Activating transcription factor 5 (ATF5) is a member of the CREB/ATF family of basic leucine zipper transcription factors. We previously reported that ATF5-deficient (ATF5−/−) mice demonstrated abnormal olfactory bulb development due to impaired interneuron supply. Furthermore, ATF5−/− mice were less aggressive than ATF5+/+ mice. Although ATF5 is widely expressed in the brain, and involved in the regulation of proliferation and development of neurons, the physiological role of ATF5 in the higher brain remains unknown. Our objective was to investigate the physiological role of ATF5 in the higher brain. We performed a comprehensive behavioral analysis using ATF5−/− mice and wild type littermates. ATF5−/− mice exhibited abnormal locomotor activity in the open field test. They also exhibited abnormal anxiety-like behavior in the light/dark transition test and open field test. Furthermore, ATF5−/− mice displayed reduced social interaction in the Crawley’s social interaction test and increased pain sensitivity in the hot plate test compared with wild type. Finally, behavioral flexibility was reduced in the T-maze test in ATF5−/− mice compared with wild type. In addition, we demonstrated that ATF5−/− mice display disturbances of monoamine neurotransmitter levels in several brain regions. These results indicate that ATF5 deficiency elicits abnormal behaviors and the disturbance of monoamine neurotransmitter levels in the brain. The behavioral abnormalities of ATF5−/− mice may be due to the disturbance of monoamine levels. Taken together, these findings suggest that ATF5−/− mice may be a unique animal model of some psychiatric disorders.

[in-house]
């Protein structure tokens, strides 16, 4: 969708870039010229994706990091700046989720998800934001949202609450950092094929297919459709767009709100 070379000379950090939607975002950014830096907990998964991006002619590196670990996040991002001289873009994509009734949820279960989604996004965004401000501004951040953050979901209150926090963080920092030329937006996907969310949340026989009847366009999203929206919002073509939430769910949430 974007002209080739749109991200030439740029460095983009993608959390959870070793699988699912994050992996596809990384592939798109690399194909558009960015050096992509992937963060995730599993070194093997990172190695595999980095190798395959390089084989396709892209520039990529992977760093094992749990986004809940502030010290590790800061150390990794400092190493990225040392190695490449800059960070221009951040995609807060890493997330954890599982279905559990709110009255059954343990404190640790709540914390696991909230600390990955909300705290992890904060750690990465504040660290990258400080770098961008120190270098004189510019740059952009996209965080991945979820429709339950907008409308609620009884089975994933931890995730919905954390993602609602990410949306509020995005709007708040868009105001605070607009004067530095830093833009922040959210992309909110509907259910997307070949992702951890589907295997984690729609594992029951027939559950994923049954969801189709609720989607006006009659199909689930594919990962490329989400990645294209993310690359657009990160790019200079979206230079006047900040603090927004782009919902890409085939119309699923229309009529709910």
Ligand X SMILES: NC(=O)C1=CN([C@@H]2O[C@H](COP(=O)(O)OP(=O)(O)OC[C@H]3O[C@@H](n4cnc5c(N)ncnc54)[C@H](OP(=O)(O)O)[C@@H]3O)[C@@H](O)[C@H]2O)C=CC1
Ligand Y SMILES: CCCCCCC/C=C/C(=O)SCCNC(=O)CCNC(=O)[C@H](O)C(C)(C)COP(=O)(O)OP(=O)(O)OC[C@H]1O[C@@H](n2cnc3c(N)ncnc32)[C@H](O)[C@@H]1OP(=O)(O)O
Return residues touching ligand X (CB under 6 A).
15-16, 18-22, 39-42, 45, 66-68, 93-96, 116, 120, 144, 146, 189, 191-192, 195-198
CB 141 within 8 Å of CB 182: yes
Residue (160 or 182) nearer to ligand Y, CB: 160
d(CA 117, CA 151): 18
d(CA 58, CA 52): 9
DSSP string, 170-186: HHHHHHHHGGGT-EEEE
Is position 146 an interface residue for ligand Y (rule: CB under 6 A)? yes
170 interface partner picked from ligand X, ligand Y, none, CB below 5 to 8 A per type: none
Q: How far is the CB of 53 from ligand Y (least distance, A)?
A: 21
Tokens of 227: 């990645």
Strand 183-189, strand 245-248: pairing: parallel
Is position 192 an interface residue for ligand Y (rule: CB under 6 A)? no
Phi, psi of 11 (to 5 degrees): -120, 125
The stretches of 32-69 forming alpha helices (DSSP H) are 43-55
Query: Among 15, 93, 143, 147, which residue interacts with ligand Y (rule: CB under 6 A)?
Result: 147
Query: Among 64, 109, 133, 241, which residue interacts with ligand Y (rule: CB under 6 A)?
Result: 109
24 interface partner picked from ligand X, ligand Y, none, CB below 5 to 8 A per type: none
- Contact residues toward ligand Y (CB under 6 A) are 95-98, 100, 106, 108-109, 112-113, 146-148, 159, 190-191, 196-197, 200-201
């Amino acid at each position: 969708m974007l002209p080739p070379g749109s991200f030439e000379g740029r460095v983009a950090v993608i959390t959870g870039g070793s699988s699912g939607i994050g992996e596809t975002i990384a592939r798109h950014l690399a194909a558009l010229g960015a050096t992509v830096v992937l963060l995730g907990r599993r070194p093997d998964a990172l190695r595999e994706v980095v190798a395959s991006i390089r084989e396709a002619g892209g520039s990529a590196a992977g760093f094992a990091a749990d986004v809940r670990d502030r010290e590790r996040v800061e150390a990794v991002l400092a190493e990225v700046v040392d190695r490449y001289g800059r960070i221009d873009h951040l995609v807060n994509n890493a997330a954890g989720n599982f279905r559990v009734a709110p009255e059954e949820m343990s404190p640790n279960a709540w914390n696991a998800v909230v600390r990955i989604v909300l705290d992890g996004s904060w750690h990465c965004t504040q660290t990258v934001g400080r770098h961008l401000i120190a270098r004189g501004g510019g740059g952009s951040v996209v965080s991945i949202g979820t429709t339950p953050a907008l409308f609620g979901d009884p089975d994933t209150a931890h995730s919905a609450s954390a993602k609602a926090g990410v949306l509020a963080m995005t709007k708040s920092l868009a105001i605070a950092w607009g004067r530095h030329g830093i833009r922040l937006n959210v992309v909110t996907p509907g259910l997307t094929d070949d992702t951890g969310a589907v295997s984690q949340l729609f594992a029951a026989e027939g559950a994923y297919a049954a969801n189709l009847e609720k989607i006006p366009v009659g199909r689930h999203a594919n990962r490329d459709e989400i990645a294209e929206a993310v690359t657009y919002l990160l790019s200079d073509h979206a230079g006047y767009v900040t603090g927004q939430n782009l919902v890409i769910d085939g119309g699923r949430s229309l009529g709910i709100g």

All Science Journal Classification (ASJC) codes
- Neuropsychology and Physiological Psychology
- Cognitive Neuroscience
- Behavioral Neuroscience